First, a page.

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  1. Dementia: from prevention to cure Christopher Patterson McMaster University, Hamilton, Ontario Canada

  2. Objectives • Define dementia • Describe epidemiology of dementia in India • Distinguish the common types of dementia • Describe “standard” investigation of suspected dementia • Introduce principles of management • Touch on future trends

  3. Dementia: A syndrome • An acquired disorder • Diffuse cognitive deficits: memory (usually) aphasia, apraxia, agnosia, executive dysfunction • Deficits sufficient to interfere with daily function • Not occurring solely in delirium or depression CMAJ 1999;160 (12 suppl)

  4. Prevalence of dementia in India • Low estimate 1.9% over age 65(Ferri C et al Lancet 2005; 366: 2112) • Higher estimate 2.7% over age 65 (Kalaria R et al Lancet Neurology 2008; 7:812)

  5. Highest estimate of prevalence: Kerala India • Door to door survey • Screen with MMSE • Full assessment if < 23 Shaji S et al Br J Psychiatr 2005; 186: 136

  6. Global burden of Dementia10/66 Dementia Research Group

  7. Risk Factors for Alzheimer’s disease • Age • Family history • Lifestyle Physical exercise Mental exercise Diet Tobacco Head injury • Hypertension • Elevated serum cholesterol • Elevated serum homocysteine

  8. Risk Factors for Alzheimer’s disease

  9. Risk Factors for Alzheimer’s disease

  10. Can we predict who will develop dementia? Knowing the following risk factors in middle age a calculation of future likelihood of dementia: • Age • Level of permits education • Systolic BP • BMI • Total serum cholesterol • Degree of physical activity Patterson C et al CMAJ 2008; 178:548

  11. Calculating future riskPatterson C et al CMAJ 2008; 178:548

  12. Types of Dementia • Alzheimer’s • Mixed • Lewy-body • Frontotemporal • Vascular • Other neurodegenerations (e.g.Huntingdon’s) • Infections (e.g. HIV,Jakob-Creutzfeld)

  13. Types of Dementia • Alzheimer’s • Mixed ► 80% of all dementias • Lewy-body • Frontotemporal • Vascular • Other neurodegenerations (e.g.Huntingdon’s) • Infections (e.g. HIV,Jakob-Creutzfeld)

  14. Interactions Between Vascular Dementia and Alzheimer’s Disease AD Mixed VaD 80% of all Dementias

  15. The Nun Study • Longitudinal study of the Teaching Sisters of Notre Dame (USA) • 678 enrolled since 1991 aged 75-102 • Written autobiographies within 2 years of entry • Annual cognitive testing • Brain autopsies • 400 deceased by 2003 Snowdon DA Ann Intern Med 2003;139: 450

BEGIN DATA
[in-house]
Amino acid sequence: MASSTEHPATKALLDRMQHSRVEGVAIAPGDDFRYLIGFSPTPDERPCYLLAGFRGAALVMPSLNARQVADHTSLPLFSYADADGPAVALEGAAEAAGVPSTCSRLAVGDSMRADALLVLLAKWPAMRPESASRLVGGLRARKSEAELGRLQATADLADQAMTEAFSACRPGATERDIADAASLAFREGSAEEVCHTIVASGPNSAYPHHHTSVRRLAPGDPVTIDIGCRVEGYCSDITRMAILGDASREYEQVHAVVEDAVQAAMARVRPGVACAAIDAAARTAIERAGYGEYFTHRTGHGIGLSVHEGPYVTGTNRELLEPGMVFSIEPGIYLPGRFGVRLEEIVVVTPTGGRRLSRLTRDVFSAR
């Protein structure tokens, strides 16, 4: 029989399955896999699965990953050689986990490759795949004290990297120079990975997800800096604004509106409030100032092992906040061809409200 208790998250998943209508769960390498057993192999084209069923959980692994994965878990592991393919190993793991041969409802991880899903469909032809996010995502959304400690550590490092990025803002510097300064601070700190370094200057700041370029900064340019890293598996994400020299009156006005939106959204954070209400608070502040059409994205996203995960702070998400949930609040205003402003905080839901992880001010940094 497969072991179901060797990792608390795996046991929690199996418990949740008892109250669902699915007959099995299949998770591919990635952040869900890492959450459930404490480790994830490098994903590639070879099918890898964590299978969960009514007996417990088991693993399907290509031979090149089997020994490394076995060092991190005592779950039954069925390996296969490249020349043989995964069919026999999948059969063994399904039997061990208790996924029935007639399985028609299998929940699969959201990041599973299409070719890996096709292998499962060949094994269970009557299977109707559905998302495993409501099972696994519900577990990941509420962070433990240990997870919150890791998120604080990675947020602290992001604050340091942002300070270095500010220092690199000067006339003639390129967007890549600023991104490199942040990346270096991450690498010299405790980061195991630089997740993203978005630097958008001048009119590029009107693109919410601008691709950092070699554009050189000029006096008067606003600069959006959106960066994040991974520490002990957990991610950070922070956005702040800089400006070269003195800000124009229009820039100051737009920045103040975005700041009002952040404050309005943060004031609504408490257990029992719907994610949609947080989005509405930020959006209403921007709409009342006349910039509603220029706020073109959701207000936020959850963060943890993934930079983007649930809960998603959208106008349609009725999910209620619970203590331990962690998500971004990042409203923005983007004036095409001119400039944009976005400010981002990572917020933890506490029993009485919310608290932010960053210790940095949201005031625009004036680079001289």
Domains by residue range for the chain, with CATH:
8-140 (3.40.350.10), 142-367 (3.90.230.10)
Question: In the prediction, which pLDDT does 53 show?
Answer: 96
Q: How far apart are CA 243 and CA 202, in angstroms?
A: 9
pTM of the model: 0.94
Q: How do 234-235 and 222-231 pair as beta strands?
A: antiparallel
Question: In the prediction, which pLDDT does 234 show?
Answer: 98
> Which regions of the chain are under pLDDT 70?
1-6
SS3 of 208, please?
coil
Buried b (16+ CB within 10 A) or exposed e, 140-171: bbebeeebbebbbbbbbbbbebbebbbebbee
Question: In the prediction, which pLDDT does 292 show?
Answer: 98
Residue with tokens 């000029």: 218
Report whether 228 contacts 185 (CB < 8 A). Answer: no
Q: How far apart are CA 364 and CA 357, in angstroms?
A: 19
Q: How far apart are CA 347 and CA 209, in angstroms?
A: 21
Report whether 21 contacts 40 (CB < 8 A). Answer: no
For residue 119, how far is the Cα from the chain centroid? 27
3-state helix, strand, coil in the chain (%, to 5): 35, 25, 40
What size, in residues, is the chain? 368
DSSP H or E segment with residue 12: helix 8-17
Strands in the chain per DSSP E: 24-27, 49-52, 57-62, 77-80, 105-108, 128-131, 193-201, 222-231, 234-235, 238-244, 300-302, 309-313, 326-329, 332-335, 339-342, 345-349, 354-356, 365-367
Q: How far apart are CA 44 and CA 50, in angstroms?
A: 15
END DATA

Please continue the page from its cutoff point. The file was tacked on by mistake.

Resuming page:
16. The Nun Study • Early linguistic ability predicts later dementia • Severity of Alzheimer changes (amyloid plaques, neurofibrillary tangles) did not always correlate with cognitive changes • Presence of stroke (especially small WM) increased clinical dementia (RR=20)

  17. The Nun Study: pathology of those with dementia Alzheimers alone 43% Mixed (AD + strokes) 34% Other types of pathology 20% Vascular alone 2.5%

  18. Pure vascular dementia is relatively rare • Several clinicopathological studies • Vascular dementias suspected commonly in life • At autopsy, vascular pathology alone rarely explained clinical features • Mixed pathology common • BUT may be more common in Asian counties

  19. Functional Autonomy Cognitive Function Motricity (Motor Function) Behaviour Problems Mood Symptomatic Domains of AD Over Time Deterioration Time Adapted from Gauthier et al. Clinical Diagnosis and Management of Alzheimer’s Disease, 1999.

  20. Natural History of AD Severe Early diagnosis Mild-to-moderate 30 Symptoms 25 Diagnosis 20 Loss of functional independence 15 Mini-Mental State Examination (MMSE) Behavioural problems 10 Nursing home placemen t 5 Death 0 1 2 3 4 5 6 7 8 9 Time (years) Reproduced with permission from Feldman and Gracon, 1996.